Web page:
25 April 2016

n.d.p. in beaujolais: xavier benier, saint-julien

Saint-Julien vigneron and négoçiant Xavier Benier has long been an enigma to me. His unsulfured, unfiltered range of wines are well-represented around Paris, and nearly always offer excellent value for money. But for various reasons Benier's winemaking defies easy categorisation. The wine range seems to change every year; he has no website; the labels are a heterogenous hodgepodge; and Benier himself doesn't quite belong to any particular social group of like-minded winemakers, à la the 'Microscope Gang' of Villié-Morgon, or the wayward cult gathered around Philippe Jambon up north.

Until my visit to his cuvage last October, I didn't really know what to make of Benier.

I was to learn that part of the distance between Benier and his peers is merely geographic. Saint-Julien is quite far removed from the crus; it lies where the granite of Beaujolais-Villages cedes to the clay-limestone of Beaujolais tout court. Habitation is sparser and many mustard-yellow buildings evidence the proximity of the quarries of the pierres dorées. Benier is from Saint-Julien, and in something like the way libertarianism increases as one heads into the emptiness of the western US, his character reflects his surroundings, evincing a fierce independence that belies his diminutive, office-clerk figure. Over a glass of his remarkably good négoçiant Régnié, in the course of an anecdote about a dispute with the appellation, he'll casually recall arming himself with a sledgehammer.

Benier began his career as a négoçiant in 1993, after studying oenologie in Beaune. "Where I learned nothing," he adds."I lost time." He simply bought and sold finished wine until 2001, when the retirement of his family's métayer allowed him to take on 4ha of the Benier family's Beaujolais-Villages vines in Saint-Julien.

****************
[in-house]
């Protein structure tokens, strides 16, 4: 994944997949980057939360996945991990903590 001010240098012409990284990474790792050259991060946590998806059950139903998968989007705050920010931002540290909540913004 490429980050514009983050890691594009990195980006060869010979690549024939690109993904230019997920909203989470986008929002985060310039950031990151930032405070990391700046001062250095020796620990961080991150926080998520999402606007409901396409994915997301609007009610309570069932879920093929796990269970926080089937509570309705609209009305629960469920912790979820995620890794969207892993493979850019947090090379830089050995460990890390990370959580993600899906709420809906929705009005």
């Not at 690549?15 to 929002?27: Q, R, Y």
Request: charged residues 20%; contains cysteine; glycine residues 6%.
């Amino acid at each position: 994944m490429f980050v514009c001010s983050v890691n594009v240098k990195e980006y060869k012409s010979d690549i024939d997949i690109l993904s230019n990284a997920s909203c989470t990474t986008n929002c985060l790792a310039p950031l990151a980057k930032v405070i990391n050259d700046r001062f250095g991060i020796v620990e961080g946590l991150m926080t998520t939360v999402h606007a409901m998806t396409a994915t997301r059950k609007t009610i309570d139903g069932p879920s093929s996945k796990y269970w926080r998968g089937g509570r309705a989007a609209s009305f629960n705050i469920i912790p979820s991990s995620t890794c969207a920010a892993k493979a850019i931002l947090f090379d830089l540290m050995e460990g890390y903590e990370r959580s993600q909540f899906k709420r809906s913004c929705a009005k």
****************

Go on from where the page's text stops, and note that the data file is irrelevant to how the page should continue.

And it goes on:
"I had a négoçiant business, and I didn’t manage to find the wines I wanted. So I said there’s just one solution."

A steep parcel of Beaujolais-Villages near his house.

The family vines remain the bulk of Benier's vine holdings. He's since added a parcel of chardonnay in Ville-sur-Jarnioux, and has recently planted some pinot noir nearby, bringing his total surface to around 6.5ha. 

Benier purchases grapes for négoçiant wines he makes from the Côte de Brouilly and Régnié.  In leaner years he also supplements his primeur and his Beaujolais Blanc production with purchased grapes. In the past he has made a pinot noir from purchased grapes, but the relationship with the grower soured, hence his new plantings.

In his cuvage that day I mentioned having seen a Brouilly with his name on it, but it turns out that cuvée is the last holdover from Benier's former business. It's a conventionally-produced wine he buys in finished form. 

"When I launched, I realised I had a range of just Beaujolais-Villages. And people, when I went to see them, they said 'Well, you have nothing else?' And so I went to see this vigneron who works entirely conventionally," he explains. He still has clients who want that wine. "I don't hide it. But it's a standard wine, without interest..."

The irony here is that arguably Benier's grandest wine derives from his old-vine parcels of Beaujolais-Villages. His chewy, foudre-aged cuvée "XB" derives from 75-year-old vines that he considers unplowable. "Some of the oldest vines are planted at 12,000 / hectare," he says. (Between 8,000 - 10,000 vines / hectare is more common.) Besides that parcel, all farming has been organic since 2005.

Benier cites the work of Jean Foillard as an early inspiration, and like Foillard, he eschews organic certification as simultaneously too constrictive (for the négoçiant business) and not rigorous enough. Benier indeed vinifies more rigorously than many just-organic winemakers: his wines are unfiltered, and in many cases unsulfured during vinification and at bottling. He avoids pumping-over, and fermentation remains relatively cool and long - a whopping 12 days for his primeur, and usually 15-18 for his other reds.

Stylistically Benier departs from Foillard et al in that he does no pre-refrigeration of the harvest before vatting, and takes a somewhat less analytical approach to vinification, often conducting no analyses at all.

"I leave my glass in the air throughout the day, if I see that in thirty minutes the wine tends to quickly oxidise, I put sulfur in," he explains. "If not, if I see that in a day the cuvée doesn’t move, I don’t put any in."

The exception is his primeur, production of which is too delicate and rushed to take risks that could cause commercial delays. (It was during one spat over 0.08g residual sugar too much in his Nouveau one year that Benier had recourse to his sledgehammer.) I found the 2015 a bit rich and astringent, for a primeur, but to be fair it was 2015, and the wine had just been bottled.